Matthew Abraham: But isn't that a smart signal to be sending? You're sending a consistent signal…

Mark Butler: Well, it's not a consistent signal while…

Matthew Abraham: Well, Mark, but hang on. You're sending…

Mark Butler: It's not a consistent signal while, at the same time, you're giving $60 million dollars to Cadbury in Tasmania, which happened to be…

Jamie Briggs:We're not giving $60 million to Cadbury.

Matthew Abraham: How much are you giving Cadbury? Jamie?

Jamie Briggs: I think the grant is six million, Mark, what we promised.

Matthew Abraham: But it is—it is inconsistent, is it not, Jamie Briggs?

Jamie Briggs: Yeah, it is, I agree. But the difference with Cadbury is that Tasmania is a basket-case at the moment, economically, it's a basket-case. They've had 16 years of a state Labor Government and the Greens. And under any measure, the Tasmanian economy is a drag on the national economy and it's what we said…

Matthew Abraham: But Jamie Briggs, you could argue the same if you look at the budget fundamentals in South Australia. We bounce along the bottom with Tasmania, according to the latest independent assessment. We you could describe as a basket-case, and yet you put up the don't come begging sign to General Motors Holden.

Jamie Briggs: Clearly we saw from the General Motors Holden international executive two or three weeks ago now was that there is nothing the Government could have done which would have kept the operations in Australia, so that is what Holden said themselves, GM said themselves.

But there is an important point here. Mark Butler's belief is—and this is what Mark Butler and Jay Weatherill believe absolutely—that governments should borrow taxpayers' money to hand over to profitable companies like Coca-Cola Amatil. We do not accept that. That is what the proposition was with SPC. Coca-Cola Amatil, its parent company, who made, you know, a half year profit of 300 odd million dollars, which is good on them, are asking the Government to fund something they obviously don't think they're willing to put their money they actually have in the bank. They want the Government to borrow some money—25 million—and hand to them. We don't believe that we should, or that small businesses should be paying high taxes for that.

Matthew Abraham: But, but, but Jamie…

Mark Butler: But the impact of this on Shepparton will be just as devastating as some of these travails that the Tasmanian economy is going through.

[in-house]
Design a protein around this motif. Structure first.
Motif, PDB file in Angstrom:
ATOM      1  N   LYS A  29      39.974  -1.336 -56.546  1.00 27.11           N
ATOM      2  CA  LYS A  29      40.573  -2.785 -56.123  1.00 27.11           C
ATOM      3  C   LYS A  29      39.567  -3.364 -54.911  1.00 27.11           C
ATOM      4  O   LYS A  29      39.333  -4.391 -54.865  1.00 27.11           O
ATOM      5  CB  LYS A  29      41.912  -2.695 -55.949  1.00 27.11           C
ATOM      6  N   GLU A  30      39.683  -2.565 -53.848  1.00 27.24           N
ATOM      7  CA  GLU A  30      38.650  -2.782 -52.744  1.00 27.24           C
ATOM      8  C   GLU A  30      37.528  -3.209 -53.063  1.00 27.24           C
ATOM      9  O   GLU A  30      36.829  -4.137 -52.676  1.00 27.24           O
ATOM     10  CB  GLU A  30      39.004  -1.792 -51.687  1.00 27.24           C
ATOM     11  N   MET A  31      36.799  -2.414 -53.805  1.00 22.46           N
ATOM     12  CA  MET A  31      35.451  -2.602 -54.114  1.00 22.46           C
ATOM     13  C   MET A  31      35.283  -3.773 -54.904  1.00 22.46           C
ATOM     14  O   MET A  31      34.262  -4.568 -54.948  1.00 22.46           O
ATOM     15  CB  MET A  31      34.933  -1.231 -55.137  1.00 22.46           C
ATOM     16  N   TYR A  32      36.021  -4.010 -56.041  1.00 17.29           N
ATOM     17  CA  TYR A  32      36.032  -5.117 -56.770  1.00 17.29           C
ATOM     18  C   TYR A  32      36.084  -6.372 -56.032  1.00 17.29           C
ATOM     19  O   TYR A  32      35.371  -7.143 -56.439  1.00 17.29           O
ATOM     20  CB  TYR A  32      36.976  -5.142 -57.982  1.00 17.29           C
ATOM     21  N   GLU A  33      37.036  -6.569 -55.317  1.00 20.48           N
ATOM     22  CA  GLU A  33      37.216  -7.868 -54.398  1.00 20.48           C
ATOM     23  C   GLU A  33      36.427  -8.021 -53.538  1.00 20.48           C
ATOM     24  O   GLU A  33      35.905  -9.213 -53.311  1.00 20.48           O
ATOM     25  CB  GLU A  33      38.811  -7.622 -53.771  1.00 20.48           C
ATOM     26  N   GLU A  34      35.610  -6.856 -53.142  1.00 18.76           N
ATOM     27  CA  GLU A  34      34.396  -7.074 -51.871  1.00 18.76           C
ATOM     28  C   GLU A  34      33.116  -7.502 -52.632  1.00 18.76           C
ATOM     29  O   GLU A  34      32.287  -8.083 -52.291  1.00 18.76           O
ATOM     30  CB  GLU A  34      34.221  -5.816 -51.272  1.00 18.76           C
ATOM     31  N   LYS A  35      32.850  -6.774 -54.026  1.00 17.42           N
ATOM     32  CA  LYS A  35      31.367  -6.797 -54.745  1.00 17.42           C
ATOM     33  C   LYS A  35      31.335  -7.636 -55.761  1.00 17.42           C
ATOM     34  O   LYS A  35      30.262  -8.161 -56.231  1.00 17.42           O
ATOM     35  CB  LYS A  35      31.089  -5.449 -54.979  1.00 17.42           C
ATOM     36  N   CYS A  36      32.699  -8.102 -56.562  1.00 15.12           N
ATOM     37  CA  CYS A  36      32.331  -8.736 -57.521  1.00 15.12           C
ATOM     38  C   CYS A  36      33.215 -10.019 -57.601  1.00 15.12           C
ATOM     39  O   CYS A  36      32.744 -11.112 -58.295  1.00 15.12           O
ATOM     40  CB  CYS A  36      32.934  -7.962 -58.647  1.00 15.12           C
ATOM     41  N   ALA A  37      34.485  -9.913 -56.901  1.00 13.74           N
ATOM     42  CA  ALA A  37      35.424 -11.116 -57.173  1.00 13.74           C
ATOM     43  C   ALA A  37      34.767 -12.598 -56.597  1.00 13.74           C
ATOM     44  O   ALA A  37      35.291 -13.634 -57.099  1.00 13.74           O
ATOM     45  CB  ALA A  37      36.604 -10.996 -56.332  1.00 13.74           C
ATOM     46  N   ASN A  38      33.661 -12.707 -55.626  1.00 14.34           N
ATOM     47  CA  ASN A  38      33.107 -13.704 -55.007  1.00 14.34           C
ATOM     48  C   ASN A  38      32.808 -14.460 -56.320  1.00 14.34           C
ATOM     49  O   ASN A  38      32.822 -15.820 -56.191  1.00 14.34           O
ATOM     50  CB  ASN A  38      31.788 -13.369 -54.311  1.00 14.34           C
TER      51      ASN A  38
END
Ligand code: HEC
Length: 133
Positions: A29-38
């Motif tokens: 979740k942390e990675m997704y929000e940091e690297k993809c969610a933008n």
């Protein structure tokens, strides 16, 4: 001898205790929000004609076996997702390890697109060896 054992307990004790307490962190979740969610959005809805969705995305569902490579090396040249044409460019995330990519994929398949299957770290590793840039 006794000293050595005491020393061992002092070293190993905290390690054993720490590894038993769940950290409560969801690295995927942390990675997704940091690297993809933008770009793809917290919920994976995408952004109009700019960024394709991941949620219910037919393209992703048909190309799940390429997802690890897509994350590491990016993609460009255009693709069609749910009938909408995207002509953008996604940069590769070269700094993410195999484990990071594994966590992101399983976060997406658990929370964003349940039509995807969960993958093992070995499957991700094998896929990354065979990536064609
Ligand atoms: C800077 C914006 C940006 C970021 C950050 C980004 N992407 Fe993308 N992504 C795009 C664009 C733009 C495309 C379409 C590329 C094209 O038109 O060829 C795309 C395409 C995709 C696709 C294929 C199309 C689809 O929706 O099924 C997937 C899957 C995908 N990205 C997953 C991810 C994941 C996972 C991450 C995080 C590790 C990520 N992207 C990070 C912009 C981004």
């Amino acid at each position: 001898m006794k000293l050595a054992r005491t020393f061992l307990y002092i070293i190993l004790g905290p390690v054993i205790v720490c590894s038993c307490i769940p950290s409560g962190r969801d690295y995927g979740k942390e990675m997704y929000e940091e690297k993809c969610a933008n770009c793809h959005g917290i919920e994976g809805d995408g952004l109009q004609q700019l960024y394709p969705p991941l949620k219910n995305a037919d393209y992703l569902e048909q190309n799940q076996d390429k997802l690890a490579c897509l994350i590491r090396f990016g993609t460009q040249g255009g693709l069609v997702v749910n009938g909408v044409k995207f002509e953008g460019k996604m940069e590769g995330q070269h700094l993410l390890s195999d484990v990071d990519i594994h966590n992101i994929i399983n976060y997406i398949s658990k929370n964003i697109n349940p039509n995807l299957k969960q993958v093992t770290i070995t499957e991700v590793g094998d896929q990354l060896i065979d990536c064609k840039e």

Jamie Briggs: But, I mean, that's…

Mark Butler: Oh, Jamie, give me a go, mate. You've had a very long go. The rate is going—the unemployment rate, as a result of this decision, is going to increase very substantially. Yesterday, we had a Liberal Party member, this is a safe…

Jamie Briggs: So you're talking them down, you're telling them to shut down, Mark.

Mark Butler:…this is a safe little electorate. We had a former Howard Government minister accuse Tony Abbott and Joe Hockey of lying about the reasons for SPC Ardmona being in such difficulty. So, on the one hand, you have this Government turn its back on that local community but at the same time, they insult the workers in that area, who earn about two-thirds of Australia's average wage, as being the cause of the difficulty the company's having.

Matthew Abraham: Jamie Briggs, there is a second agenda here, isn't there, and it's industrial relations. And Sharman Stone has identified that and she's clearly said that, in going for the workers, Tony Abbott has overstepped the mark.

Jamie Briggs: Well, look, Sharman's arguing for her area and MPs are entitled to do that…

David Bevan: Well, even Dennis Shanahan in The Australian today has said that Tony Abbott effectively over-egged the pudding. He said not all of Abbott's nominations of outrageous abuses and over-reward conditions were wrong, but enough were wrong to allow one of his own backbenchers to label him a liar. That's coming from The Aus.

Jamie Briggs: I mean, that's right, the News Limited conspiracy. I'm not sure how Mark Butler's going to spin that one. Anyway, look, it is clear that the conditions that apply after the Coca-Cola Amatil site in Shepparton have been over a period of time more generous that what apply elsewhere. And the point that the Treasurer and the Prime Minister have made is that, if you want to ensure your business can survive, it takes two to tango. And it is part of the problem. But there is a broader proposition here: we do not believe that a small business in Port Adelaide should have to pay higher tax to fund Coca-Cola's operations somewhere else. That is what Mark Butler believes.

Matthew Abraham: Mark Butler, now let's get on to this question of Don Farrell and Premier Jay Weatherill threatening if the party allowed Don Farrell to switch from the Senate to the seat of Napier. In your quieter moments, did you look at that and think what on earth is Jay doing?